Miranda Sings Creator Denies Grooming Allegations With a 10-Minute Ukulele Song
This is, probably, the first time in celebrity scandal history that a public figure has needed a ukulele to deny grooming allegations.
Colleen Ballinger, best known by her YouTube alter ego “Miranda Sings,” posted a vlog today with the simple title “hi.” Ballinger began the video with a ukulele in hand and a saddened expression on her unusually unanimated face, strumming a simple chord progression and speaking in rhythm, “Hey, it’s been a while since you saw my face. I haven’t been doing so great so I took a little break. A lot of people are saying some things about me that aren’t quite true — doesn’t matter if it’s true, though, as long as it’s entertaining too.”
Ballinger has been battling accusations that she formed inappropriate relationships with members of her teen-skewing fandom since 2020, when another YouTuber, Adam McIntyre, publicly claimed that Ballinger exhibited a pattern of grooming-type behavior toward him when the two maintained an online friendship while McIntyre was between the ages of 13 and 16. “Even though my team has strongly advised me not to say what I want to say,” Ballinger commented during a break between verses, “I recently realized that they never said that I couldn’t sing what I wanted to say.”
The “Miranda Sings” YouTube channel boasts over 10 million subscribers, some of whom have been following the comedic musician since she started posting on the platform back in 2008. Ballinger’s “Miranda” character is an eccentric, delusional and satirical figure who sings poorly and dances worse, all while sporting bright red lipstick and demanding that “Haters back off,” a catchphrase that became the title of Ballinger’s two-season Netflix series, which ran from 2016 to 2017.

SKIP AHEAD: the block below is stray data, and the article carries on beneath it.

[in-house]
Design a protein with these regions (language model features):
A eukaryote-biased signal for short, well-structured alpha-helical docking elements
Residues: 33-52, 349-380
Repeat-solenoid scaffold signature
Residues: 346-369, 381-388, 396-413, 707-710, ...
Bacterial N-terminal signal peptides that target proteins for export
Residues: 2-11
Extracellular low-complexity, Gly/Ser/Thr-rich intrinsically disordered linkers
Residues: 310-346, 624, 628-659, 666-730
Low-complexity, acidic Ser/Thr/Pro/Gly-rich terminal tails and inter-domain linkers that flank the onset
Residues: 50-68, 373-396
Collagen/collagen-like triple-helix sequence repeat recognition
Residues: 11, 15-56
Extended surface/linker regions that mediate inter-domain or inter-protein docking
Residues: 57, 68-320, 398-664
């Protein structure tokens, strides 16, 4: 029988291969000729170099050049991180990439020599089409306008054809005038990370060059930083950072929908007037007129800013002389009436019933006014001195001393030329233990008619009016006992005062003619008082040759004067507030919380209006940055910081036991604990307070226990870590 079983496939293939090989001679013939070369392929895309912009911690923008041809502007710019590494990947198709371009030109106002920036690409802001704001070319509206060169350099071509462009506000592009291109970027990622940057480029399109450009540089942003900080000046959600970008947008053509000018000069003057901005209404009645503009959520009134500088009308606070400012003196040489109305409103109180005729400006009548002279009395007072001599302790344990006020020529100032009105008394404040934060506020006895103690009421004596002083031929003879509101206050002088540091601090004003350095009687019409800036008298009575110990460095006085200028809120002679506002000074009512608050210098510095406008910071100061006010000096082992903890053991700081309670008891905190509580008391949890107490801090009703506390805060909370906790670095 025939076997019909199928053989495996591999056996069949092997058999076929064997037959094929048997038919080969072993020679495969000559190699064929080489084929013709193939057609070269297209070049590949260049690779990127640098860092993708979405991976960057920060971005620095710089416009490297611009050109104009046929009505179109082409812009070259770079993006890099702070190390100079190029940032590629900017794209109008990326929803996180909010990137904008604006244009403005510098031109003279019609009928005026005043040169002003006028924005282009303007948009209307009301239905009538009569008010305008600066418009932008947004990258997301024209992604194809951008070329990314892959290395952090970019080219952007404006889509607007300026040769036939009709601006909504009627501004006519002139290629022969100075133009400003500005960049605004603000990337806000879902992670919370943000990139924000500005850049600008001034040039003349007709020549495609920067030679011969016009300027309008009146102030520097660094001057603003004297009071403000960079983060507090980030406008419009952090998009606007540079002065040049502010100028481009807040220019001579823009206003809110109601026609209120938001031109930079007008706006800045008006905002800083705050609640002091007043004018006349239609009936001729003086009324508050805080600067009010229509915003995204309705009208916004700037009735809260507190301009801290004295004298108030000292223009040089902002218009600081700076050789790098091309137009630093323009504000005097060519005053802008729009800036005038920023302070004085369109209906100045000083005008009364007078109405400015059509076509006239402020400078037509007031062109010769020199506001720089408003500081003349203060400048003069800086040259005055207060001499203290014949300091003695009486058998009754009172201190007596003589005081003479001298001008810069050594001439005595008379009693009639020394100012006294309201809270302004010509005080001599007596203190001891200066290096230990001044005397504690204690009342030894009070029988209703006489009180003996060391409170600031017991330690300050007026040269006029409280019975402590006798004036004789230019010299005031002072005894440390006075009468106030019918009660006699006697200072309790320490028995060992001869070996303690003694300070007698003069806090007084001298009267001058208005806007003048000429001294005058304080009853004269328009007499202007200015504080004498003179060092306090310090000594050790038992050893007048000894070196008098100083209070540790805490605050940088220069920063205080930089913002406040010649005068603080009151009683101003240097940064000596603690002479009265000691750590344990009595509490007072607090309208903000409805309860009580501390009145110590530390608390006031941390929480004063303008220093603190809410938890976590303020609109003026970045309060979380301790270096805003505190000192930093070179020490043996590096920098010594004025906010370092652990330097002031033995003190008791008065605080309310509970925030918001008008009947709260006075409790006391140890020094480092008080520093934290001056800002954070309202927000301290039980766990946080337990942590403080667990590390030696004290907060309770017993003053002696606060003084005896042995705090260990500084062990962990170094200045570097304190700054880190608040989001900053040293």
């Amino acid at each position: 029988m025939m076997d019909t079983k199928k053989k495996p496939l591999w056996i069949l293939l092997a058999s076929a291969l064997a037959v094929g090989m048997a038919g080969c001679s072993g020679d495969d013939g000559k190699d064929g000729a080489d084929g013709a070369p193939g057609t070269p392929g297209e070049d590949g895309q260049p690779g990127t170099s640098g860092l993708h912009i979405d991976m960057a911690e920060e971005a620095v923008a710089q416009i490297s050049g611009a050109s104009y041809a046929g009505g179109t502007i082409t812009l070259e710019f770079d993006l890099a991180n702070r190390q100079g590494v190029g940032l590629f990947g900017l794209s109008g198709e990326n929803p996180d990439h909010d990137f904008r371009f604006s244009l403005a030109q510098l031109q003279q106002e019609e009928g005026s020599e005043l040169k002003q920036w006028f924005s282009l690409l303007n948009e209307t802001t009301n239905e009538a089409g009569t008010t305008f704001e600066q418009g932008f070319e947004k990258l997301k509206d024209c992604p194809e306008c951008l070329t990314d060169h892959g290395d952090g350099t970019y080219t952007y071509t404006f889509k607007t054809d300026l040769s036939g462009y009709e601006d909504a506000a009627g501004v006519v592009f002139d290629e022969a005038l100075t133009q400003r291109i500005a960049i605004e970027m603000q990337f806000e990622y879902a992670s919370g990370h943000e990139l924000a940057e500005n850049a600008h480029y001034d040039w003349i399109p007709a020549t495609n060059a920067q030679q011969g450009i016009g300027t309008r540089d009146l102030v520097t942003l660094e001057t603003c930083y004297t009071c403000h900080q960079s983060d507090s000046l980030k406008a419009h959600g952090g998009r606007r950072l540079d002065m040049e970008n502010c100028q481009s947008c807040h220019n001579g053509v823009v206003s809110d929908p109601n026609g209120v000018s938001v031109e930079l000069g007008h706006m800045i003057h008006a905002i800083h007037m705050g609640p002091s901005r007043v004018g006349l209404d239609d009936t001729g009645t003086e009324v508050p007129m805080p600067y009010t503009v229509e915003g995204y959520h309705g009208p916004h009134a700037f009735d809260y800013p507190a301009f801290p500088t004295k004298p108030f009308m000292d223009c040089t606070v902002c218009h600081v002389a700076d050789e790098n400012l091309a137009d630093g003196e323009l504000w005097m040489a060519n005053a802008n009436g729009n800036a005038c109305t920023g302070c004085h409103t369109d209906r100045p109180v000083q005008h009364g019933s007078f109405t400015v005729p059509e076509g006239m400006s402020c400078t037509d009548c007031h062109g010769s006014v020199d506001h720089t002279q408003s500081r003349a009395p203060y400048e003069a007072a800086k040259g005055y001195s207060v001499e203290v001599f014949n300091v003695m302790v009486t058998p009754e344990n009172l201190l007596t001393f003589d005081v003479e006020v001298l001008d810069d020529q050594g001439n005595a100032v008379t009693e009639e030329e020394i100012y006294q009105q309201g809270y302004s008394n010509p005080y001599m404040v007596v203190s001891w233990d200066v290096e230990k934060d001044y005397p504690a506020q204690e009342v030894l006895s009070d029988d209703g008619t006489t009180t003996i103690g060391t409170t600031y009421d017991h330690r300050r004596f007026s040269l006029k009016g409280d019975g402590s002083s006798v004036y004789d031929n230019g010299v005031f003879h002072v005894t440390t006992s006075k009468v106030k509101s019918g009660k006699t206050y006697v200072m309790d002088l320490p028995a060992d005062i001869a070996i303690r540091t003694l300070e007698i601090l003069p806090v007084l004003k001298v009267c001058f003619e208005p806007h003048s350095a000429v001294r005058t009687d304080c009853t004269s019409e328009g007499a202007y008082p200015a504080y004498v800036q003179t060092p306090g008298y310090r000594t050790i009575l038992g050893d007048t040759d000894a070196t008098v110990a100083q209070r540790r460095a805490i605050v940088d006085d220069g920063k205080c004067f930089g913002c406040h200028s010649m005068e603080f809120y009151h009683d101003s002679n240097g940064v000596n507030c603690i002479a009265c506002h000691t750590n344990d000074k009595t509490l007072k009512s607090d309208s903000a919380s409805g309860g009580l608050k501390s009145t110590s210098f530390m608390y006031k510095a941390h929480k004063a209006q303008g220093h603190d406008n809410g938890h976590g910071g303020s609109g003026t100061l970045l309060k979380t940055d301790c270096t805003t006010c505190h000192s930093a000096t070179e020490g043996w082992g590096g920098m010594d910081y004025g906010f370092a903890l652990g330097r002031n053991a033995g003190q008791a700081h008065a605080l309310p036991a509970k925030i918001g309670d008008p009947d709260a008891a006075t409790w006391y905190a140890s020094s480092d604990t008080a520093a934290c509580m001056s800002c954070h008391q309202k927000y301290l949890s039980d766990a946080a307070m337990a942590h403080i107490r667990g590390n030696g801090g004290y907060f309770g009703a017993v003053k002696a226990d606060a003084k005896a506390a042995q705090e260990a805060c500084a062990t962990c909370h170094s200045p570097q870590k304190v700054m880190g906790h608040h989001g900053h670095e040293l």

Throughout her career, Ballinger has maintained massive popularity among teens and tweens, and a feature of her online persona has long been her eagerness to engage with fans personally through her various social media accounts. Today, many of those former fans who formed relationships with Ballinger as children are adults who view their interactions with the internet star as hugely inappropriate, and the fandom is currently undergoing a reckoning on a massive scale as millions of Ballinger’s followers grapple with the possibility that their childhood hero may have been reckless — or even deliberately inappropriate — in her interactions with minors.
Ballinger put out a video addressing McIntyre’s allegations when he first brought them to light in 2020, but given the recent resurgence in rumors and stories surrounding her interactions with underaged fans, the YouTuber belted her response to the “toxic gossip train” and its “one-way ticket to manipulation station” in a song with a runtime that would make even the most verbose of prog-rock bands blush.
Highlights of the apology anthem include lines like “The only thing I’ve ever groomed is my two Persian cats,” and “I’m sure you’re disappointed in my shitty little song, I know you wanted me to say that I was 100 percent in the wrong, well I’m sorry I’m not gonna take that route of admitting to lies and rumors that you made up for clout.”
However, Ballinger’s fans have not received the operatic apologia with the warmth that they typically have for her comedic covers of Top 20 pop songs. Said one commenter, “I want an apology for this apology.”